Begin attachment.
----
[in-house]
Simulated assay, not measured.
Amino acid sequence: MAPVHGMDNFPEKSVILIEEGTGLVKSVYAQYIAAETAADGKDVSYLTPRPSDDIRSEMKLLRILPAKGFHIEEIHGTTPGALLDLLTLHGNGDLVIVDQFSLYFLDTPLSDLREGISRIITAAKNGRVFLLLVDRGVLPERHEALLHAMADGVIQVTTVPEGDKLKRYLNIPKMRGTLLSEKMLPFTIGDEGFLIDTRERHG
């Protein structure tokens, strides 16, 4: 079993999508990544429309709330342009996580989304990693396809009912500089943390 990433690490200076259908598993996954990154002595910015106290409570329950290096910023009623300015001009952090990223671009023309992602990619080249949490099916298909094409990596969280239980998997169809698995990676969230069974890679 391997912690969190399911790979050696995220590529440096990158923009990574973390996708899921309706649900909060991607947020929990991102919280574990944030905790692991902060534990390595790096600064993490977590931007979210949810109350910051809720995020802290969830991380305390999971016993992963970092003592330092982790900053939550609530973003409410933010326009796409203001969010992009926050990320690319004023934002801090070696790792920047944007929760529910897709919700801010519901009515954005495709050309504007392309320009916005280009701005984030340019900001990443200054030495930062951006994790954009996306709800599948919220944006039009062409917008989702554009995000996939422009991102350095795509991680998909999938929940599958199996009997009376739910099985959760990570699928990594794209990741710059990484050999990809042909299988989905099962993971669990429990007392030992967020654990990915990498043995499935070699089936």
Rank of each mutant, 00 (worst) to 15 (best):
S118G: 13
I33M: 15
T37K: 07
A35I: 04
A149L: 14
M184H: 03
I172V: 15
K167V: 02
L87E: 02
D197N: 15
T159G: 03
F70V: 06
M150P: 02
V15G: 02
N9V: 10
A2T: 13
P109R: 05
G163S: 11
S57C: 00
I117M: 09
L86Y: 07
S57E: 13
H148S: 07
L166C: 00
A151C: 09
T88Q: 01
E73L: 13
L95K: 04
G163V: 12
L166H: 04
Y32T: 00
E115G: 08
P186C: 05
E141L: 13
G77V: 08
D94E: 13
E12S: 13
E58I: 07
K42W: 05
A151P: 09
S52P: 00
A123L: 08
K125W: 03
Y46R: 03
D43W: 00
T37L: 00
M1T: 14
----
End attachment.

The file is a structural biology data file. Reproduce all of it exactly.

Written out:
[in-house]
Simulated assay, not measured.
Amino acid sequence: MAPVHGMDNFPEKSVILIEEGTGLVKSVYAQYIAAETAADGKDVSYLTPRPSDDIRSEMKLLRILPAKGFHIEEIHGTTPGALLDLLTLHGNGDLVIVDQFSLYFLDTPLSDLREGISRIITAAKNGRVFLLLVDRGVLPERHEALLHAMADGVIQVTTVPEGDKLKRYLNIPKMRGTLLSEKMLPFTIGDEGFLIDTRERHG
């Protein structure tokens, strides 16, 4: 079993999508990544429309709330342009996580989304990693396809009912500089943390 990433690490200076259908598993996954990154002595910015106290409570329950290096910023009623300015001009952090990223671009023309992602990619080249949490099916298909094409990596969280239980998997169809698995990676969230069974890679 391997912690969190399911790979050696995220590529440096990158923009990574973390996708899921309706649900909060991607947020929990991102919280574990944030905790692991902060534990390595790096600064993490977590931007979210949810109350910051809720995020802290969830991380305390999971016993992963970092003592330092982790900053939550609530973003409410933010326009796409203001969010992009926050990320690319004023934002801090070696790792920047944007929760529910897709919700801010519901009515954005495709050309504007392309320009916005280009701005984030340019900001990443200054030495930062951006994790954009996306709800599948919220944006039009062409917008989702554009995000996939422009991102350095795509991680998909999938929940599958199996009997009376739910099985959760990570699928990594794209990741710059990484050999990809042909299988989905099962993971669990429990007392030992967020654990990915990498043995499935070699089936």
Rank of each mutant, 00 (worst) to 15 (best):
S118G: 13
I33M: 15
T37K: 07
A35I: 04
A149L: 14
M184H: 03
I172V: 15
K167V: 02
L87E: 02
D197N: 15
T159G: 03
F70V: 06
M150P: 02
V15G: 02
N9V: 10
A2T: 13
P109R: 05
G163S: 11
S57C: 00
I117M: 09
L86Y: 07
S57E: 13
H148S: 07
L166C: 00
A151C: 09
T88Q: 01
E73L: 13
L95K: 04
G163V: 12
L166H: 04
Y32T: 00
E115G: 08
P186C: 05
E141L: 13
G77V: 08
D94E: 13
E12S: 13
E58I: 07
K42W: 05
A151P: 09
S52P: 00
A123L: 08
K125W: 03
Y46R: 03
D43W: 00
T37L: 00
M1T: 14